Ukraine warns of Russian ‘brutality’ in eastern region
KYIV, Ukraine (AP) — Russian forces are stepping up their strikes in a fiercely contested region of eastern Ukraine, worsening…
KYIV, Ukraine (AP) — Russian forces are stepping up their strikes in a fiercely contested region of eastern Ukraine, worsening the already tough conditions for residents and the defending army following Moscow’s illegal annexation and declaration of martial law in Donetsk province, Ukrainian authorities said.
The attacks have almost completely destroyed the power plants that serve the city of Bakhmut and the nearby town of Soledar, Pavlo Kyrylenko, the region’s Ukrainian governor, said. Shelling killed one civilians and wounded three, he reported late Saturday.
“The destruction is daily, if not hourly,” Kyrylenko said in a state television interview.
Moscow-backed separatists controlled part of Donetsk for nearly eight years before Russia invaded Ukraine in late February. Protecting the separatists’ self-proclaimed republic there was one of Russian President Vladimir Putin’s justifications for the invasion, and his troops have spent months trying to capture the entire province.
While Russia’s “greatest brutality” was focused in the Donetsk region, “constant fighting” continued elsewhere along the front line that stretches more than 1,000 kilometers (620 miles), Ukrainian President Volodymyr Zelenskyy said in his nightly video address.
Between Saturday and Sunday, Russia’s launched four missiles and 19 airstrikes impacting more than 35 villages in seven regions, from Chernihiv and Kharkiv in the northeast to Kherson and Mykolaiv in the south, according to the president’s office.
Russia has focused on striking energy infrastructure over the last month, causing power shortages and rolling outages across the country. The capital, Kyiv, was scheduled to have hourly blackouts rotating Sunday in various parts of the city of some 3 million and the surrounding region,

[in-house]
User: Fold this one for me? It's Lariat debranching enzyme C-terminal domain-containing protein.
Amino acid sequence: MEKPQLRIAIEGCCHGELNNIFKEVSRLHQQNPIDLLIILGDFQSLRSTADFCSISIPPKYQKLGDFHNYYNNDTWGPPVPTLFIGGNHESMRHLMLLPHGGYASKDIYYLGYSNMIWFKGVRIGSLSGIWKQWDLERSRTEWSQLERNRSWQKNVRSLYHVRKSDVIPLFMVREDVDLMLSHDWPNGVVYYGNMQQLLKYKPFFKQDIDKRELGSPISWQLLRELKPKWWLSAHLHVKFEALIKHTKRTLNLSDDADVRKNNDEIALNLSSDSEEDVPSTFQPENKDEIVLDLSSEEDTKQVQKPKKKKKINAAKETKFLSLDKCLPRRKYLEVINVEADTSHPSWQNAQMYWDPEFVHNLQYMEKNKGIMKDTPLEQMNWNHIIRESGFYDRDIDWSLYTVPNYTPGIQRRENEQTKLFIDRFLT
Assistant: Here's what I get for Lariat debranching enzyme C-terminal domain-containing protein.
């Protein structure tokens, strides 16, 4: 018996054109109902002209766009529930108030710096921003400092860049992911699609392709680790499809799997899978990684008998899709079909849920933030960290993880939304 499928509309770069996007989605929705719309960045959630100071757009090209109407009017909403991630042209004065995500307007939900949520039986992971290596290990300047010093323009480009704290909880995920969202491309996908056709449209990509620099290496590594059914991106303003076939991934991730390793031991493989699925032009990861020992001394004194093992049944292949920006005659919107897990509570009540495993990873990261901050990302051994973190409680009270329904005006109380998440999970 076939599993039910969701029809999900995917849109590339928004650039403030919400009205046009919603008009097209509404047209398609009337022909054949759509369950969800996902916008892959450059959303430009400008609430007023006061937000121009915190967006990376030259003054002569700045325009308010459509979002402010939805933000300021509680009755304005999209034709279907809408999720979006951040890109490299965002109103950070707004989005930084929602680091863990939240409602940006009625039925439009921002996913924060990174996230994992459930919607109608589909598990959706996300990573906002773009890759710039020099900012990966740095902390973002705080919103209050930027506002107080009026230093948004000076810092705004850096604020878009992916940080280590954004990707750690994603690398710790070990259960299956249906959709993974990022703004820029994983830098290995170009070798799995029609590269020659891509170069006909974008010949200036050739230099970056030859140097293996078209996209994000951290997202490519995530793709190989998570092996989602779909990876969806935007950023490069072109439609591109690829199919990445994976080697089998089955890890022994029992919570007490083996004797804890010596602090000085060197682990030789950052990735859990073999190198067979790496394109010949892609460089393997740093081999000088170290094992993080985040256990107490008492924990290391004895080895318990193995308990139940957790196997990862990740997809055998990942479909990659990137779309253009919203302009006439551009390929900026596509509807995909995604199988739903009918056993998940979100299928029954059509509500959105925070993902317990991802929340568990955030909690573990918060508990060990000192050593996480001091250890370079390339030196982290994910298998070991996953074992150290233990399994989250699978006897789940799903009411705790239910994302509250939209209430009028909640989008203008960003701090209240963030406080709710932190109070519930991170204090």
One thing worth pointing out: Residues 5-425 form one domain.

Rolling blackouts also were planned in the Chernihiv, Cherkasy, Zhytomyr, Sumy, Kharkiv and Poltava regions, Ukraine’s state-owned energy operator, Ukrenergo, said in a Telegram post.
More positive news was the re-connection of the Zaporizhzhia Nuclear Power Plant to Ukraine’s power grid, local media reported Sunday. Europe’s largest nuclear plant needs electricity to maintain vital cooling system, but it had been running on emergency diesel generators since Russian shelling severed its outside connections,
In the Donetsk city of Bakhmut, some 15,000 remaining residents were living under daily shelling and without water or power, according to local media. The city has been under attack for months, but the bombardment picked up after Russian forces experienced setbacks during Ukrainian counteroffensives in the Kharkiv and Kherson regions.
In Kharkiv, officials are working to identify bodies found in mass graves after the Russians withdrew, Dmytro Chubenko, a spokesperson for the regional prosecutor’s office, said in an interview with local media.
DNA samples have been collected from 450 bodies discovered in a mass grave in the city of Izium, but the samples need to be matched with relatives and so far only 80 people have participated, he said.
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